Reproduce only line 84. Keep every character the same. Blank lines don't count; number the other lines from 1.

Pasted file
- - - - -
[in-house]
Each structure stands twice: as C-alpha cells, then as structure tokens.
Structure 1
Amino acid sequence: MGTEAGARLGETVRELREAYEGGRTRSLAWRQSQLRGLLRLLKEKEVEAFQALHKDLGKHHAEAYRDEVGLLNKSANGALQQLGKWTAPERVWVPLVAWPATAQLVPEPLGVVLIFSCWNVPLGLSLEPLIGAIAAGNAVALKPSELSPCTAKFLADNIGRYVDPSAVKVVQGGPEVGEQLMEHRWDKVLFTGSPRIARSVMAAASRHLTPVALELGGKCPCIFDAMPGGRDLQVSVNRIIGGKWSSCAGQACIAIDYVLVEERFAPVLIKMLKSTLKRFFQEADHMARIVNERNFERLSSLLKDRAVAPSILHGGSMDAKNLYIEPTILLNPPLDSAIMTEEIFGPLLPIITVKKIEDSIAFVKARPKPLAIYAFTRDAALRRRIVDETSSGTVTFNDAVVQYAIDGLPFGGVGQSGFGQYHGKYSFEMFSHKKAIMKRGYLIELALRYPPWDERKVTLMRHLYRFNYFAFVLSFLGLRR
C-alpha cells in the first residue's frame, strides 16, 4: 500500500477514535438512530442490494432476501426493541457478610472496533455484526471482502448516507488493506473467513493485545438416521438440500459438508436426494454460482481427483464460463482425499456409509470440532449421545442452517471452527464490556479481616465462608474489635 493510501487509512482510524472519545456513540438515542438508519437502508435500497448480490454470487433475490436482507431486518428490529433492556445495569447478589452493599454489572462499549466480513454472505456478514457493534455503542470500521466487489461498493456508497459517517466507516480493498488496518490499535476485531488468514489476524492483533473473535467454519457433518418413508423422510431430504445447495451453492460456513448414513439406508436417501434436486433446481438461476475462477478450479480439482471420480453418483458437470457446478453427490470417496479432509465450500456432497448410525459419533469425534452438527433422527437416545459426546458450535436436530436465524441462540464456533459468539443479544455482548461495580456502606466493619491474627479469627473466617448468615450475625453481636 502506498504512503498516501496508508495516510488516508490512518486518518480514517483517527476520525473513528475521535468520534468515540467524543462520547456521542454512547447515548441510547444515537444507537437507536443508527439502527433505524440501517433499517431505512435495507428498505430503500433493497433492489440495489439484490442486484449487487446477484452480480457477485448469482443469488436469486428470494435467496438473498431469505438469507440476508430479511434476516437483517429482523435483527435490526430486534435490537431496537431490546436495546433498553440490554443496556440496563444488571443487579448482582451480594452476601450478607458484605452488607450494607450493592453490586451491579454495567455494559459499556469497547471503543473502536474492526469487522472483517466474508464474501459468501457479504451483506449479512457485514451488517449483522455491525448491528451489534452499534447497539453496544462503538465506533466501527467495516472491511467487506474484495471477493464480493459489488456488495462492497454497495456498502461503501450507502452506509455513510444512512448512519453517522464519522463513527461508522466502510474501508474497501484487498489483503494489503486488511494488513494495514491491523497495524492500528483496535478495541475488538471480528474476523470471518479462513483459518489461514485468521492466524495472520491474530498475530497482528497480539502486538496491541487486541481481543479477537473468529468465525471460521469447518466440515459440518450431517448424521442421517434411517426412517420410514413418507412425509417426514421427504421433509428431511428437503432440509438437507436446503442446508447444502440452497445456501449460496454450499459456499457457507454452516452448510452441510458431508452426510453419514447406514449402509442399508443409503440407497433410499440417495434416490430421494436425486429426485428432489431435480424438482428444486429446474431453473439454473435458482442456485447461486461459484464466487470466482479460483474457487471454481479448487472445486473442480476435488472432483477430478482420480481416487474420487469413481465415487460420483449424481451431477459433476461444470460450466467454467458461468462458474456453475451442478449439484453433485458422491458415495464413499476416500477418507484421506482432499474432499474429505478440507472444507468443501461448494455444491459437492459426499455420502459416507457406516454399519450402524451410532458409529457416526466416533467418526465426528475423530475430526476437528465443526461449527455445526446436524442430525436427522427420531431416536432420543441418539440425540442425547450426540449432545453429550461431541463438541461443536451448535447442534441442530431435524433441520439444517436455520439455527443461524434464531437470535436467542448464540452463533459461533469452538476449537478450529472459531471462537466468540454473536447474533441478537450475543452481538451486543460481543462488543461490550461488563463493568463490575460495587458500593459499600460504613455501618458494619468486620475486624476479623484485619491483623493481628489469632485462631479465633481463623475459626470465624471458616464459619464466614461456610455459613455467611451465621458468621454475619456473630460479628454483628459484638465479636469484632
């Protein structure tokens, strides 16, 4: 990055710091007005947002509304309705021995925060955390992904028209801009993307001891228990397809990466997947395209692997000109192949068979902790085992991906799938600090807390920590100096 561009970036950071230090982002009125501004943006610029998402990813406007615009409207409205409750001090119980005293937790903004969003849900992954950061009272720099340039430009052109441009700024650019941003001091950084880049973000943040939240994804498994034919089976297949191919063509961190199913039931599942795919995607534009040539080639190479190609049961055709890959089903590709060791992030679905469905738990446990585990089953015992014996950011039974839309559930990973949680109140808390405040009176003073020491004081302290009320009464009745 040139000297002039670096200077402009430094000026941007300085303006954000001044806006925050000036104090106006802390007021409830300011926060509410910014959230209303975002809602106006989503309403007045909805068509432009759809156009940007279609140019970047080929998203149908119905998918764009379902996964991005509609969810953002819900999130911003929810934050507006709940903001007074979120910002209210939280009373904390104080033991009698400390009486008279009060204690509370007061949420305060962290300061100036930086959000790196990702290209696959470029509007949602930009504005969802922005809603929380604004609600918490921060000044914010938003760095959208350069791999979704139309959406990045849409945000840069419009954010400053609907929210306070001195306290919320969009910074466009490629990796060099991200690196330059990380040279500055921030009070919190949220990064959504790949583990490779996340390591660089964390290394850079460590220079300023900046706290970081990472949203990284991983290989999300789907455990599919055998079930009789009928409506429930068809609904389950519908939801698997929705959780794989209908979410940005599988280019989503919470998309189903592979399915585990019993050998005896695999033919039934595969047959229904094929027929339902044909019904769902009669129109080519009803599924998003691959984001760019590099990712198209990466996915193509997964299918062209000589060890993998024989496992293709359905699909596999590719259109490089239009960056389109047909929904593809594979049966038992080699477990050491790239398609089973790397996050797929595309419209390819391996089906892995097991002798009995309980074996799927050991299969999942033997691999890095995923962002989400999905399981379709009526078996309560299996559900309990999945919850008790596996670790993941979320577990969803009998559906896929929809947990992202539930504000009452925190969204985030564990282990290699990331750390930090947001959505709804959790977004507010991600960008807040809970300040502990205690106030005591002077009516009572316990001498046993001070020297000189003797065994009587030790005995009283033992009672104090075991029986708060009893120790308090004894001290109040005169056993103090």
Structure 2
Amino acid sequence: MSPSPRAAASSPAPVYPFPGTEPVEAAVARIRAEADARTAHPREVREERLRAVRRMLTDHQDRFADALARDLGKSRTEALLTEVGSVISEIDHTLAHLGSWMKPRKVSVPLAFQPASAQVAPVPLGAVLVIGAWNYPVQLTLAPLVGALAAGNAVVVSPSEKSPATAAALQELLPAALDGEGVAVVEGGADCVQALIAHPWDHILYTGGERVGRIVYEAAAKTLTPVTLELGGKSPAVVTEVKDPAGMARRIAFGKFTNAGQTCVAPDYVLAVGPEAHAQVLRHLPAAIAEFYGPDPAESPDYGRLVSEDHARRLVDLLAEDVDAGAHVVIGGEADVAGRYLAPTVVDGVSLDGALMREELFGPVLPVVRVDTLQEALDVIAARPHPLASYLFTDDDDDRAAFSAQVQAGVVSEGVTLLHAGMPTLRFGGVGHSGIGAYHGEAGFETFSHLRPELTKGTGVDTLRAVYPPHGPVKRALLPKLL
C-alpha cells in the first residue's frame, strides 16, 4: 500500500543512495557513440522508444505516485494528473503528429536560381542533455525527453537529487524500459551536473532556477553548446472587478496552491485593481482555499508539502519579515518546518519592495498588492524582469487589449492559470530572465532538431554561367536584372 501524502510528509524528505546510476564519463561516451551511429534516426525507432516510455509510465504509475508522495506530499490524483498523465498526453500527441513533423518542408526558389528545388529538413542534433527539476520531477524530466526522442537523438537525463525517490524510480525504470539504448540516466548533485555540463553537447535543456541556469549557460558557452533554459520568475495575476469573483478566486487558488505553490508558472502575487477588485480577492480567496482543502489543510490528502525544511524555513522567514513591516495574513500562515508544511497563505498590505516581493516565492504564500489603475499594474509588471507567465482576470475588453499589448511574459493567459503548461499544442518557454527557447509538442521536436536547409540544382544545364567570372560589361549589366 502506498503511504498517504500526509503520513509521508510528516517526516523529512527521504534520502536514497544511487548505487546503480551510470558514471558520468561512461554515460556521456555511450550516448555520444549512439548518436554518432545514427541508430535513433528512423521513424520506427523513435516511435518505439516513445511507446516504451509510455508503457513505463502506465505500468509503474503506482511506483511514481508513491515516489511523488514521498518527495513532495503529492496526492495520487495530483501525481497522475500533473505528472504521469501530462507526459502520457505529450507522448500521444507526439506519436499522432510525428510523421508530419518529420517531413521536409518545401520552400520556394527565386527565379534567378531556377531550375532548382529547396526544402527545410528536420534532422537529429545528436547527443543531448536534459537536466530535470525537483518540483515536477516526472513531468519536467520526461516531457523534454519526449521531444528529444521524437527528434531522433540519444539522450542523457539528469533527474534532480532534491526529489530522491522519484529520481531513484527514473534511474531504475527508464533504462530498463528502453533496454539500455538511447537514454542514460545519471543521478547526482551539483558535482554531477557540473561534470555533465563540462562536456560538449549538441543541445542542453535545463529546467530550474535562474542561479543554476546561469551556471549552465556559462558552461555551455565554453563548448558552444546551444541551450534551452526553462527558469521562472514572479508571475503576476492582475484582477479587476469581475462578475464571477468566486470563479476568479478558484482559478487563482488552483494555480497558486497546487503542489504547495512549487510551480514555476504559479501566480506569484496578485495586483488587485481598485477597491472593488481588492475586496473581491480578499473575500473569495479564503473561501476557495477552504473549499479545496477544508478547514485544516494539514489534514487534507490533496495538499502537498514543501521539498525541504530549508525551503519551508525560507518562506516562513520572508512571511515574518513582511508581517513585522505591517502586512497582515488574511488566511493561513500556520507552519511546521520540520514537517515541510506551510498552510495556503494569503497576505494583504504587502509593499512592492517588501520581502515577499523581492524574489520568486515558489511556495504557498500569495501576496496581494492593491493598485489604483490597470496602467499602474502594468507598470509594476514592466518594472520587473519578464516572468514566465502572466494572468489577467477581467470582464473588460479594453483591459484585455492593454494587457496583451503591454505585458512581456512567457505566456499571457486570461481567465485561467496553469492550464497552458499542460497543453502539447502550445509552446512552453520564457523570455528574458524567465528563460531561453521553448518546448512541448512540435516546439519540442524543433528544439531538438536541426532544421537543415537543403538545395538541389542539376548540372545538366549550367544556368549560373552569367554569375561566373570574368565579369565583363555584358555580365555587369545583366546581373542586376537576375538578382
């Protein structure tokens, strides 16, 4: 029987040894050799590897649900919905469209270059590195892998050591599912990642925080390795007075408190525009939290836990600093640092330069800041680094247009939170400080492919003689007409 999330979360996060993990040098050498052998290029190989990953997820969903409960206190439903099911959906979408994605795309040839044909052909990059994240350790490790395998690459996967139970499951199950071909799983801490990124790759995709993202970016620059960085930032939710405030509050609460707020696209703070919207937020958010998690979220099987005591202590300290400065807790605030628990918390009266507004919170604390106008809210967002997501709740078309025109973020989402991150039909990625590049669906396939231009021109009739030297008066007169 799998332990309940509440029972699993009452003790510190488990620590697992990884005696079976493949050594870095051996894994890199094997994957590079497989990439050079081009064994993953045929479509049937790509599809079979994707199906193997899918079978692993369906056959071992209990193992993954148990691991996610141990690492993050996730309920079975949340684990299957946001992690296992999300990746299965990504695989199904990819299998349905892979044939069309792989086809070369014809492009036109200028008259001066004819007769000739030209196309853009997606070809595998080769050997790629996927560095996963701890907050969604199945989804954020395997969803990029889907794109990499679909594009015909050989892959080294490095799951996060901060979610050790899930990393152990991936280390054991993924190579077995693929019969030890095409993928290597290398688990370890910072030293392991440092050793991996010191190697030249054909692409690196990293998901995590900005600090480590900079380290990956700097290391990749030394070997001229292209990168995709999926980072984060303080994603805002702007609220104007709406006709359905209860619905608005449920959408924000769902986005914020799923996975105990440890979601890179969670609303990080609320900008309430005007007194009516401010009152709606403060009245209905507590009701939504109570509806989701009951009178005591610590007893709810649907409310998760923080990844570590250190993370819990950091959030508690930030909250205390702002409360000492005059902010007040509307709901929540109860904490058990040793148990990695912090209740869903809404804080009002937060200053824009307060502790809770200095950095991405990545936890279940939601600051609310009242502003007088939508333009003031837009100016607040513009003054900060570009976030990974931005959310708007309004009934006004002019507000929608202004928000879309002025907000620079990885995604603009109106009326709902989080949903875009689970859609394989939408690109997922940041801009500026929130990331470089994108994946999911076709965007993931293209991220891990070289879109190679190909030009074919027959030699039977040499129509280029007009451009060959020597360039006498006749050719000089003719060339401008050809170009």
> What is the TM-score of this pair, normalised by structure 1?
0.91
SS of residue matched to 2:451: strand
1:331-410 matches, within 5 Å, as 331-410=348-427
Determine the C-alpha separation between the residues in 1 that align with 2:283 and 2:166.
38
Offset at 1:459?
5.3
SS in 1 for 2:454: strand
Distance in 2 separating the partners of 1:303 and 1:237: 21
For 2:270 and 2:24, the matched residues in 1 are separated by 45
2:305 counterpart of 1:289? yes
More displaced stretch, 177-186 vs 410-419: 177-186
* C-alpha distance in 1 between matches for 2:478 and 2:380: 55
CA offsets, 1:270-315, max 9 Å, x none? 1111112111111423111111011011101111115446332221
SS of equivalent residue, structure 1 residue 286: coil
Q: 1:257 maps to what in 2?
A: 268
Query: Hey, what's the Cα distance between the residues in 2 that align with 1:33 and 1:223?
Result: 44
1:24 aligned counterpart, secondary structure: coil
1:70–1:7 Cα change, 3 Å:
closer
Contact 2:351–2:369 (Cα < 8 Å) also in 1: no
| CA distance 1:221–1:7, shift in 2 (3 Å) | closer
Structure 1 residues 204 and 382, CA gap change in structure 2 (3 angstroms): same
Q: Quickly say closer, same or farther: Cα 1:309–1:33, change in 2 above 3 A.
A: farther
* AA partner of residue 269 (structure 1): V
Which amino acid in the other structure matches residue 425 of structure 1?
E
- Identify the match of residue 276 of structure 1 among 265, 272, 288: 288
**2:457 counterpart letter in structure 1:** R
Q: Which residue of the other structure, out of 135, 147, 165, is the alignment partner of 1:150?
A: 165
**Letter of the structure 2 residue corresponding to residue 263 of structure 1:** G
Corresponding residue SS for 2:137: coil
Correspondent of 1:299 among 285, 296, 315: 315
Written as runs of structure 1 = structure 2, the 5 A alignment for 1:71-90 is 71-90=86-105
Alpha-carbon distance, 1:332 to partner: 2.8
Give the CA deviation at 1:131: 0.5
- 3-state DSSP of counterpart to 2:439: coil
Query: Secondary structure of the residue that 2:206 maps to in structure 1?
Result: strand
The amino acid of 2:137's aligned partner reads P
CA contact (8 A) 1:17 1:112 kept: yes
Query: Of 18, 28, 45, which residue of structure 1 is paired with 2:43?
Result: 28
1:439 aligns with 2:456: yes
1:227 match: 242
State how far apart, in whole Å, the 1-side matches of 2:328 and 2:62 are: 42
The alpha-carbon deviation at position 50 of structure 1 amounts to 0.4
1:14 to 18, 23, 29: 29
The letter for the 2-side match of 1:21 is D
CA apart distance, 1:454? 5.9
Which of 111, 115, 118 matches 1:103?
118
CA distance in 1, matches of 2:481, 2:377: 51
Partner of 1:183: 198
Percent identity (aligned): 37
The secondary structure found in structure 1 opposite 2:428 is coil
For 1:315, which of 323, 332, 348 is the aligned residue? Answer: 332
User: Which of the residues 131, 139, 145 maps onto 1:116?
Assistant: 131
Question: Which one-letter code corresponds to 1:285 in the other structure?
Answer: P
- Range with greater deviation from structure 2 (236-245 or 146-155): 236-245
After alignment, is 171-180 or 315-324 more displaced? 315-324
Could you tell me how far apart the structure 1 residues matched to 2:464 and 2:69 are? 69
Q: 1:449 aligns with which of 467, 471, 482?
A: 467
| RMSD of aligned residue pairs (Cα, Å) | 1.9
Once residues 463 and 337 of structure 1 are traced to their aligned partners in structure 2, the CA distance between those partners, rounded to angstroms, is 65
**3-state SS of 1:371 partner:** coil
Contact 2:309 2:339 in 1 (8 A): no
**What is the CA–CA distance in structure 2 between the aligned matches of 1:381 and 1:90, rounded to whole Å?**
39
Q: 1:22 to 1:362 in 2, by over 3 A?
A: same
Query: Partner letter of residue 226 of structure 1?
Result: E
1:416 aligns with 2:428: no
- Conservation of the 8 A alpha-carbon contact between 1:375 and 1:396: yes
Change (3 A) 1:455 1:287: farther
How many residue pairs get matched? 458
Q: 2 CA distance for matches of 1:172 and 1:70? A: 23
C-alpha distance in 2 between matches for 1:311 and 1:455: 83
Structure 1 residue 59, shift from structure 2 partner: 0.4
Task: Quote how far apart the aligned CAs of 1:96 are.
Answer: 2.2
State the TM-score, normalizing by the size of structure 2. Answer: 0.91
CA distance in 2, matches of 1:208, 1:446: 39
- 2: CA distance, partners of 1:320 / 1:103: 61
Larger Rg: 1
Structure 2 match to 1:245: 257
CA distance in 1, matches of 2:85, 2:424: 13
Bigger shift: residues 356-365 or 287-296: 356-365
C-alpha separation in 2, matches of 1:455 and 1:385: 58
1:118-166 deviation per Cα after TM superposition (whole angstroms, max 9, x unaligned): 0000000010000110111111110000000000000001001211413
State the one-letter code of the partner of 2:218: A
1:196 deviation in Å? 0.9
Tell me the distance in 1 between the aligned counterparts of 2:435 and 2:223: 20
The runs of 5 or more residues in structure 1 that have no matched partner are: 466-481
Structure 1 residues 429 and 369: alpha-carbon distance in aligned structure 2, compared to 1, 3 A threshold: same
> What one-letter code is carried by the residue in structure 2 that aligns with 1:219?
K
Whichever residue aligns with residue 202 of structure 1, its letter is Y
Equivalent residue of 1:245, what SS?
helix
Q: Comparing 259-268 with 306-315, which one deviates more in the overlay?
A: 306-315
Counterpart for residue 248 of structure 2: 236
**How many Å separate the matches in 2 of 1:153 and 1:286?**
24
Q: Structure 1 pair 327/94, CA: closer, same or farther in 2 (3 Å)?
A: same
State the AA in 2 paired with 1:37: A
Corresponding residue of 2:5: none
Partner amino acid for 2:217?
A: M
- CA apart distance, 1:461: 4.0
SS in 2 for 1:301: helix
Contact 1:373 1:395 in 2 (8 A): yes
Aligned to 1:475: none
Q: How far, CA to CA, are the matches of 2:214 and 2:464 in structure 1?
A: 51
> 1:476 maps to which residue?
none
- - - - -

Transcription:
**3-state SS of 1:371 partner:** coil